Archive for the ‘Great Panoramas’ Category

360° panorama by Bill Edwards.
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It’s a beautiful day in Washington’s Central Cascades and we celebrate with a hike to Alpine Lookout. This is a fire lookout site that was originally established in 1920 with an L-4 Cab fire lookout built in 1936. The L-4 Cab was replaced by the current R-6 Cab in 1976. It is one of the few remaining fire lookouts in Washington that is still standing and staffed every summer by the U.S. Forest Service. Alpine Lookout is listed in the National Historic Lookout Register. Today on the 4th of June the cabin is still locked waiting for the summer lookout to arrive. The trail to the lookout, at 6,237 feet, is just over 10 miles round trip with 2,600 feet of cumulative elevation gain.
360° panorama by Bill Edwards.
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Snow melt runs off one of the remaining patches of snow on the rocky slabs at the foot of Ingalls Peak, on the west side of Lake Ingalls. Lake Ingalls, at 6,500 ft. elevation frames Mt. Stuart, which at 9,415’ is the highest non-volcanic peak in Washington. Fred Becky waxes eloquent in his Cascade Alpine Guide: “Without rival as the crown peak in the Central Cascades in Washington, Mt. Stuart has been pronounced the single greatest mass of (exposed) granite in the United States.” Ingalls Peak, another popular climbing destination towers over the west side of the lake. The hike to Lake Ingalls starts from a trailhead at the end of FR 9737 which is accessed by the Teanaway River Road, not far from Cle Elum, Washington. The Lake Ingalls trail is 9.0 miles round trip and has a 2,600 elevation gain. It was such a beautiful day that I took two panoramas from the west side. This is 2 of 2.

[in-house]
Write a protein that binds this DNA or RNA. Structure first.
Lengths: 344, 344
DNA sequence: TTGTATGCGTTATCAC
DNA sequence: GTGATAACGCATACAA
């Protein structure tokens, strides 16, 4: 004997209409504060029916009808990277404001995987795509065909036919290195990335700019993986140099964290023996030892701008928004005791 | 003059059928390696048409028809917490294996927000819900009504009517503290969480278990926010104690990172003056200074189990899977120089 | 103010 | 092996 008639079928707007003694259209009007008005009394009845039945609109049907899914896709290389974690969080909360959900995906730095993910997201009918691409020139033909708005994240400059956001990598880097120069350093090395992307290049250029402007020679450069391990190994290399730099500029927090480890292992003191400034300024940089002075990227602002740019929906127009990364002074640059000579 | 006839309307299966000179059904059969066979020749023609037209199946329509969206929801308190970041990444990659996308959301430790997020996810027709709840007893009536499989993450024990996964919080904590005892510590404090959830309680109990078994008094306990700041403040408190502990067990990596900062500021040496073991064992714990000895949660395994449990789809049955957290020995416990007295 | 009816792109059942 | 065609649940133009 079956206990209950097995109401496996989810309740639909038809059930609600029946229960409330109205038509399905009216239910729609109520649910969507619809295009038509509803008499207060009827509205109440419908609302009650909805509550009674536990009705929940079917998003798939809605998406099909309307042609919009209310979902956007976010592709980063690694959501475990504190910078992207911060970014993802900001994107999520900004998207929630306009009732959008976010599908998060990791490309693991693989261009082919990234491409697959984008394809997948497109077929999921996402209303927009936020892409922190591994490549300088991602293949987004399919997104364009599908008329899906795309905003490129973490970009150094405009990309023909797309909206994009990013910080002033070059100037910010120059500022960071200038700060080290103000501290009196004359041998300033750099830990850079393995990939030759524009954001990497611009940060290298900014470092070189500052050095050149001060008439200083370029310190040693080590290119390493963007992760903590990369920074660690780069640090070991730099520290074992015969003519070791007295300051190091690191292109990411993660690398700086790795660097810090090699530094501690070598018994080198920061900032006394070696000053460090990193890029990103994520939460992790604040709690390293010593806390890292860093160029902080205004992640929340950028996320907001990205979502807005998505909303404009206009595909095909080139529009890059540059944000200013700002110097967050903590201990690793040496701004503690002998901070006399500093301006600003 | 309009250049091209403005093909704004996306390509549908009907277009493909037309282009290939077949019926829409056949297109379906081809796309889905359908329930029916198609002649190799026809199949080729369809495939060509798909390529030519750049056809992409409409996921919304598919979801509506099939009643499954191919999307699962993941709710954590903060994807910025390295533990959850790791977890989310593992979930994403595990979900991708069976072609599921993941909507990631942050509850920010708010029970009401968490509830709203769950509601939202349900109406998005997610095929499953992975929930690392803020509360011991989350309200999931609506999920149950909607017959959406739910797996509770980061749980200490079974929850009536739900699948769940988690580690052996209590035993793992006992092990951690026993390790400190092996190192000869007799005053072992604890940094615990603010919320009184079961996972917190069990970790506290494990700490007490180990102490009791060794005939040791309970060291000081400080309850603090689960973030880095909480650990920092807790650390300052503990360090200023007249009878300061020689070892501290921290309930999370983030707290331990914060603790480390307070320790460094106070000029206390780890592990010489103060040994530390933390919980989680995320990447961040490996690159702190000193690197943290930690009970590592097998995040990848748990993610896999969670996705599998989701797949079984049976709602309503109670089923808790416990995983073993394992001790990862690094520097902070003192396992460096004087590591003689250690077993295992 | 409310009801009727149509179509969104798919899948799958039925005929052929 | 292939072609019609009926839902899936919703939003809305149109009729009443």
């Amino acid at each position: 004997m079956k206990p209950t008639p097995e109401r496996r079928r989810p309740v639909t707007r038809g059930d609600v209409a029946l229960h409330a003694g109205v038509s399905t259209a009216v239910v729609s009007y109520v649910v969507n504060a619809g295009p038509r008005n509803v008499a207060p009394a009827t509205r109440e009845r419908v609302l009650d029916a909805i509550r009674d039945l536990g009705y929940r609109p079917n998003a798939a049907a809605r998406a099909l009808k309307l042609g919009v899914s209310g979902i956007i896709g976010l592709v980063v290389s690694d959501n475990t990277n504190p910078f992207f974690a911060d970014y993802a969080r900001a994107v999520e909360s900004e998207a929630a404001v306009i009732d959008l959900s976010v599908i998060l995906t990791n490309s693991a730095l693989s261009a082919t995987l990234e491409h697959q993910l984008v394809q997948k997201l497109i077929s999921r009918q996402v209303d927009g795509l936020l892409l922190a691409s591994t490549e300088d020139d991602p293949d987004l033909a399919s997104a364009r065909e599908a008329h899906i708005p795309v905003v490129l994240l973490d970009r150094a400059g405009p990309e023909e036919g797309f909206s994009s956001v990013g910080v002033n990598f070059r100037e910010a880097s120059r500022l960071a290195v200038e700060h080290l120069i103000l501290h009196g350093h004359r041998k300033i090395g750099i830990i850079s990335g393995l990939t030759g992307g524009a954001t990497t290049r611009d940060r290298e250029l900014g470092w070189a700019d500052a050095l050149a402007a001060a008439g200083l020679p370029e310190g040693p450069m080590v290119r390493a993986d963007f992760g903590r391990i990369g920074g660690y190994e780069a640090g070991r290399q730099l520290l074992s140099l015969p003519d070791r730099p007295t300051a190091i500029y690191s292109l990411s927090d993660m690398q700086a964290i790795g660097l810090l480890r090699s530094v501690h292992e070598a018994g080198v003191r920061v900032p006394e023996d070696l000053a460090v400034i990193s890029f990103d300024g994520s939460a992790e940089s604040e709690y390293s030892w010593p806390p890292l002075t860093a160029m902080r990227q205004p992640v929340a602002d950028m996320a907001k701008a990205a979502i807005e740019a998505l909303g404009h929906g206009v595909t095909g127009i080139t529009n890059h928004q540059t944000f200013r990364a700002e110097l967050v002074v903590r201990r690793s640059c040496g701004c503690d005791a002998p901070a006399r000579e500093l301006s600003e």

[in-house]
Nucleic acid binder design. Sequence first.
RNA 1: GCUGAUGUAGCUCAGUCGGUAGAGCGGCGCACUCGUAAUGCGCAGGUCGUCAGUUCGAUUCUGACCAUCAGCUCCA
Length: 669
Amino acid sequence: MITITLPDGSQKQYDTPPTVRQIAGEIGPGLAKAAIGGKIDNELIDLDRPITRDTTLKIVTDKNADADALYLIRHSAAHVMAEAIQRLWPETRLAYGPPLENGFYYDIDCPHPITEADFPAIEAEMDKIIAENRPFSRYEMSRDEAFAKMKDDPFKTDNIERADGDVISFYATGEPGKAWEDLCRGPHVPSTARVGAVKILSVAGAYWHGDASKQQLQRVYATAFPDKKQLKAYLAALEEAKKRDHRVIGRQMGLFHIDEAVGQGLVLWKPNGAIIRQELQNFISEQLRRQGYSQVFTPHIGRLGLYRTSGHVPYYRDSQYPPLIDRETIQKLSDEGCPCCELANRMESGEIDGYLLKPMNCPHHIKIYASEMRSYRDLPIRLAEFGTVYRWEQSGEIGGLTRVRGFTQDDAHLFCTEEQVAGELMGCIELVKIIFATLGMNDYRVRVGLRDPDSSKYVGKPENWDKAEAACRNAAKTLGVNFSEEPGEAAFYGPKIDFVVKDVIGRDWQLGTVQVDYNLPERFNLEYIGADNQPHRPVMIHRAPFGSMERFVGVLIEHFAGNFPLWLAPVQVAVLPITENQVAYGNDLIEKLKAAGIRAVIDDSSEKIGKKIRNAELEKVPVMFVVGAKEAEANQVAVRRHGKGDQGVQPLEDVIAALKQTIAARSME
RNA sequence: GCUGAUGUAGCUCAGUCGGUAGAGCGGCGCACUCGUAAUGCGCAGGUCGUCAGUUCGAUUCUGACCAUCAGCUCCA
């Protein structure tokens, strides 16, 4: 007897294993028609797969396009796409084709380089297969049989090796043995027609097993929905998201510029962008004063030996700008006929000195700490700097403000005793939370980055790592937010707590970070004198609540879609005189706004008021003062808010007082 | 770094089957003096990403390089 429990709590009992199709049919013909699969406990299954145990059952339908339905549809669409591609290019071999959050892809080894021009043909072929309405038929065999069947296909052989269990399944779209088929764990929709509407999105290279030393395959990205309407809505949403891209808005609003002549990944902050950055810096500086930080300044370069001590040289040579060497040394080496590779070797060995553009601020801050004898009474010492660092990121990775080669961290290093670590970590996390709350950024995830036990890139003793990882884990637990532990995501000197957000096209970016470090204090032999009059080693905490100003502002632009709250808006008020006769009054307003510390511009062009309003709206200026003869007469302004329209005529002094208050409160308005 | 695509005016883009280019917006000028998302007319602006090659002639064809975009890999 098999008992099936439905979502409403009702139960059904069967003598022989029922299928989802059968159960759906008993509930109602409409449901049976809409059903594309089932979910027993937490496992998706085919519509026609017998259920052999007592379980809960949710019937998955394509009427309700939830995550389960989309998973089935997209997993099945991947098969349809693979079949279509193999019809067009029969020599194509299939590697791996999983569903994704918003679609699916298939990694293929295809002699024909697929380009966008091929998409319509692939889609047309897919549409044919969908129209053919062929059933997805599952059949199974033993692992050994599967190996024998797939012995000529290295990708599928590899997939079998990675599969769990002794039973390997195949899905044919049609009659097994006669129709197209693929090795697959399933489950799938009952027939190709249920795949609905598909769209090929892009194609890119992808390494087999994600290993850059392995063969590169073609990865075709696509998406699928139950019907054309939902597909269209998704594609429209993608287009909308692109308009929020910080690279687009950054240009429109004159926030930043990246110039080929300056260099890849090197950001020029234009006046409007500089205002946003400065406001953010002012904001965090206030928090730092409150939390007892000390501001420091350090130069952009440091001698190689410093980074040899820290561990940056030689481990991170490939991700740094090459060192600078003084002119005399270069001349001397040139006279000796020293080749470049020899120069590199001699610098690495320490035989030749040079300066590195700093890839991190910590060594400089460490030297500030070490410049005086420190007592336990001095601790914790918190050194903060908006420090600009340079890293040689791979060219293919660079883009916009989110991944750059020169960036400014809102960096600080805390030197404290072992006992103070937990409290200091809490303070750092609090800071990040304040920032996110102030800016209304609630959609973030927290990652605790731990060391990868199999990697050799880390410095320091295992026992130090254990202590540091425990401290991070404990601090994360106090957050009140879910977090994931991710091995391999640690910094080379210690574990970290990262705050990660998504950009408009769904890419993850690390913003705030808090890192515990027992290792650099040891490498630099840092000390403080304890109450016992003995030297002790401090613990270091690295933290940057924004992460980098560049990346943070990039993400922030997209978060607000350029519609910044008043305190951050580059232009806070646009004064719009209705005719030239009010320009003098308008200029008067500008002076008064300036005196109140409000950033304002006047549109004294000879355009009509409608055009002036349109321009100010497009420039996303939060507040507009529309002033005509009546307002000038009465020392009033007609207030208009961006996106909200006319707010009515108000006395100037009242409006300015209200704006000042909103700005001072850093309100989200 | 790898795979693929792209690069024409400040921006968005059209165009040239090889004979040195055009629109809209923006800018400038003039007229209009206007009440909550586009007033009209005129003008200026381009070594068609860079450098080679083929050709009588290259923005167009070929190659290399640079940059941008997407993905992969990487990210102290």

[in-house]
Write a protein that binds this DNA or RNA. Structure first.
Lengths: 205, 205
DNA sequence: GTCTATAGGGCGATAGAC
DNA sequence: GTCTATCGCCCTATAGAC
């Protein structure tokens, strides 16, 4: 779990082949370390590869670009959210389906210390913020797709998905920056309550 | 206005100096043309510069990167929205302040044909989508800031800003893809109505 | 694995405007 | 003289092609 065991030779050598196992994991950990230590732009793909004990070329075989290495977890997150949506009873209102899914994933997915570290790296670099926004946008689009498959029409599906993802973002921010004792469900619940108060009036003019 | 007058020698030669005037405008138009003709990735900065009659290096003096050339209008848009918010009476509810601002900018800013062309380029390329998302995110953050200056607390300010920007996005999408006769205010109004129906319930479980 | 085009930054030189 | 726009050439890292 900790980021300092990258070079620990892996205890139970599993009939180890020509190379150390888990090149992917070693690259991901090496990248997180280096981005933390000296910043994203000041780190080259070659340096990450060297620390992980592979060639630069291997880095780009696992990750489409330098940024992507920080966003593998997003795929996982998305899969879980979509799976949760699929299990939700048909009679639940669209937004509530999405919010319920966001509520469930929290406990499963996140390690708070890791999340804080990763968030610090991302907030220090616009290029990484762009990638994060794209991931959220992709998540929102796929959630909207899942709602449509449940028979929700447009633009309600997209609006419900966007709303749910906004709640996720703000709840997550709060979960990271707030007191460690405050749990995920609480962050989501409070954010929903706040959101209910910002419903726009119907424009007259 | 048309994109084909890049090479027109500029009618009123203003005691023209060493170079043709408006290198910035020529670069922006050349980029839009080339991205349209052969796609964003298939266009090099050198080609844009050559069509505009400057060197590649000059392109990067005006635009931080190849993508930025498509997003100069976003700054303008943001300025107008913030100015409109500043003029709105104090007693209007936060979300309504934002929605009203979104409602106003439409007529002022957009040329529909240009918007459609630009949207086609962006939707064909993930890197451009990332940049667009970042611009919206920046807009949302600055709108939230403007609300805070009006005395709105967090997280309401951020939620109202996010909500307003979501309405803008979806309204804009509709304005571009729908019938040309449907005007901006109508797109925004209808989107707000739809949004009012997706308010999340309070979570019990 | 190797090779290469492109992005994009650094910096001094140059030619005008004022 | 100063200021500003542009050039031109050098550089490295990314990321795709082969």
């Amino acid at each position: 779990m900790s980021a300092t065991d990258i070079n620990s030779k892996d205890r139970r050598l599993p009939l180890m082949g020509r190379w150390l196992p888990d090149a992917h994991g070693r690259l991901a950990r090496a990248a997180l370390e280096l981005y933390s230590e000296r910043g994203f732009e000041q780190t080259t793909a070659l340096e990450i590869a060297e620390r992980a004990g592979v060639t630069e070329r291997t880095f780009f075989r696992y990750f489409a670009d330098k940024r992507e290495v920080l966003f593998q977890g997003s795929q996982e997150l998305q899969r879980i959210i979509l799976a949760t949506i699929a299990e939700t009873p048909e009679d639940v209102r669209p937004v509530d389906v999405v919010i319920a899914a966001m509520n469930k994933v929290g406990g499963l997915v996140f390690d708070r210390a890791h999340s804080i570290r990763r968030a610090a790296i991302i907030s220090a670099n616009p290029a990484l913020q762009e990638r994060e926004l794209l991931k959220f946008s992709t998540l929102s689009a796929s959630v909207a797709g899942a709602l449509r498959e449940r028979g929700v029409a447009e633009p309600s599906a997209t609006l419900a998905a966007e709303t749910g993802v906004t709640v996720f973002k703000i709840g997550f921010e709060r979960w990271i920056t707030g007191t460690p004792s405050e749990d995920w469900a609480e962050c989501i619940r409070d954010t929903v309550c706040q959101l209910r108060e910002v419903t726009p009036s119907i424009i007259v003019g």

360° panorama by Arroz Marisco.
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Further up from Campamento Británico is the Mirador for the famed Valle del Frances - the weather actually had taken a nasty turn with further rains and I hastily retreated after a less-than-satisfactory take of the landscape as my gears are not weather-proof. No sooner had I got back to the camp site then the cloud started to lift with a few faint rays of the long-gone sun - I paused for a moment and weighed in all the possiblities and decided to have one more go - a false break as it turned out  - when I got back I was greeted with more rains. My heart really sank and broke there and then.Just as soon as I thought I was done in for the day and about to leave - suddenly a glimmer of hope finally as the swirling clouds began to thin out and as I siezed the opportunity with so much haste I nearly toppled my tripod together with my camera - a close-shave but I finally had the view I wanted for my photo !From left to right are :Cumbre Principal of Cerro Paine Grande(3050m)Cumbre Norte of Cerro Paine Grande(2750m)Cerro Castillo(1421m)Cerro Catedral(216m)Punta Negra(1708m)Los Gernelos(1998m)Cerro Trono(2197m)Punta Catalina(1782m)Cerro Cabeza del Indio(2282m)Cerro Escudo(2240m)Cerro Fortaleza(2681m)Cerro Espada(2500m)Cerro Hoja(2200m)Cerro Máscara(2300m)Cuerno Norte(2400m)Cuerno Este(2200m)Cuerno Principal(2600m)
360° panorama by Malinnikov Ruslan.
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360° panorama by T. Emrich.
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The Nebelhorn is a 2,224m high mountain in the Allgäu Alps Germany, near Oberstdorf. It lends its name to the Nebelhorn Trophy figure skating competition and the Nebelhorn Classics a freeride race event. Its summit is a well-known viewing point, from where there is a view far into the Alpine massif. The summit area of the Nebelhorn could be climbed via the Hindelang Klettersteig.
360° panorama by luis davilla.
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360° panorama by Florian Knorn.
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Prague's Narrowest Street. It's so narrow, it has a set of traffic lights — for humans...
360° panorama by wongchichuen.
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360° panorama by Wolfgang Peth.
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360° panorama by Haruka Suzuki.
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